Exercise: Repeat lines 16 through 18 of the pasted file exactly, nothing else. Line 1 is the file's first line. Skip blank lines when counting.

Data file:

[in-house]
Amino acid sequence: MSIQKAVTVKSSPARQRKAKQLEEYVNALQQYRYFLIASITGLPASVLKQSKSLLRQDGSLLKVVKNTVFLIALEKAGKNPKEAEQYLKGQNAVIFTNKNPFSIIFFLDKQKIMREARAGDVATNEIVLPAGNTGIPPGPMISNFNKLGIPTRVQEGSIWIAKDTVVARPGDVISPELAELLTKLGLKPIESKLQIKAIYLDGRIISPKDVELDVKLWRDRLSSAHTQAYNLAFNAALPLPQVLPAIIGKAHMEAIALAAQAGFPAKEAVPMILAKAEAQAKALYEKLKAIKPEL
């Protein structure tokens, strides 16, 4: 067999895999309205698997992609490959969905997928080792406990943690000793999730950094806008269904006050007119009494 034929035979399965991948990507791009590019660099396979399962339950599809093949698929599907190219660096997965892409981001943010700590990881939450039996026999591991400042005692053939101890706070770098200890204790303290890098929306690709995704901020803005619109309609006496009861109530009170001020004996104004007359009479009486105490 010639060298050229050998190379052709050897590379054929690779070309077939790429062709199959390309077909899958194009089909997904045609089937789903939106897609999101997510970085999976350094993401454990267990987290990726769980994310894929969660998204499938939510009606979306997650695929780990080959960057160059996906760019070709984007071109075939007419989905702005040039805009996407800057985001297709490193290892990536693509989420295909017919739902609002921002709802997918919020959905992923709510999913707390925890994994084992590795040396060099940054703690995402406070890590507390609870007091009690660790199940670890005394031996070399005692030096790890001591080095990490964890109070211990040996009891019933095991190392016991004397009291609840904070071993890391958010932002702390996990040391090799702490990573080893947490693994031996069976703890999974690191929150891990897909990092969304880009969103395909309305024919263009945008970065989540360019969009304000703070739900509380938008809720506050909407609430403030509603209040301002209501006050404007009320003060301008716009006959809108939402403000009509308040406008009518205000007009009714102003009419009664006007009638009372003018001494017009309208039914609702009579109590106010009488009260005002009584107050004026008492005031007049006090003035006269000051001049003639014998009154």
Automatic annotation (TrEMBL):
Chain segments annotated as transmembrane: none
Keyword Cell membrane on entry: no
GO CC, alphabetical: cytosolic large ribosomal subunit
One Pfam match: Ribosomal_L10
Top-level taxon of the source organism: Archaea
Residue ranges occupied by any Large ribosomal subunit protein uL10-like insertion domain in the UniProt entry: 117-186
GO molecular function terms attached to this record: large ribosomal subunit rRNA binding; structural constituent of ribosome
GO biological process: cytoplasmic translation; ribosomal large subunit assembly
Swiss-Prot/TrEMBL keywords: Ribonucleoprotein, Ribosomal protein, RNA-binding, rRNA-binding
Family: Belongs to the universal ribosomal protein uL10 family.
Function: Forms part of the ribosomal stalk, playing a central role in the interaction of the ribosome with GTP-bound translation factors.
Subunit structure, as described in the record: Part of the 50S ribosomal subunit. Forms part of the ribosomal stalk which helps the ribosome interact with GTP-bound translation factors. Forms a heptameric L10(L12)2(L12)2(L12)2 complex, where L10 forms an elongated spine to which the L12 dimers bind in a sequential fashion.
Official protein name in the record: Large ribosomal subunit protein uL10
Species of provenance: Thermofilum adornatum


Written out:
Subunit structure, as described in the record: Part of the 50S ribosomal subunit. Forms part of the ribosomal stalk which helps the ribosome interact with GTP-bound translation factors. Forms a heptameric L10(L12)2(L12)2(L12)2 complex, where L10 forms an elongated spine to which the L12 dimers bind in a sequential fashion.
Official protein name in the record: Large ribosomal subunit protein uL10
Species of provenance: Thermofilum adornatum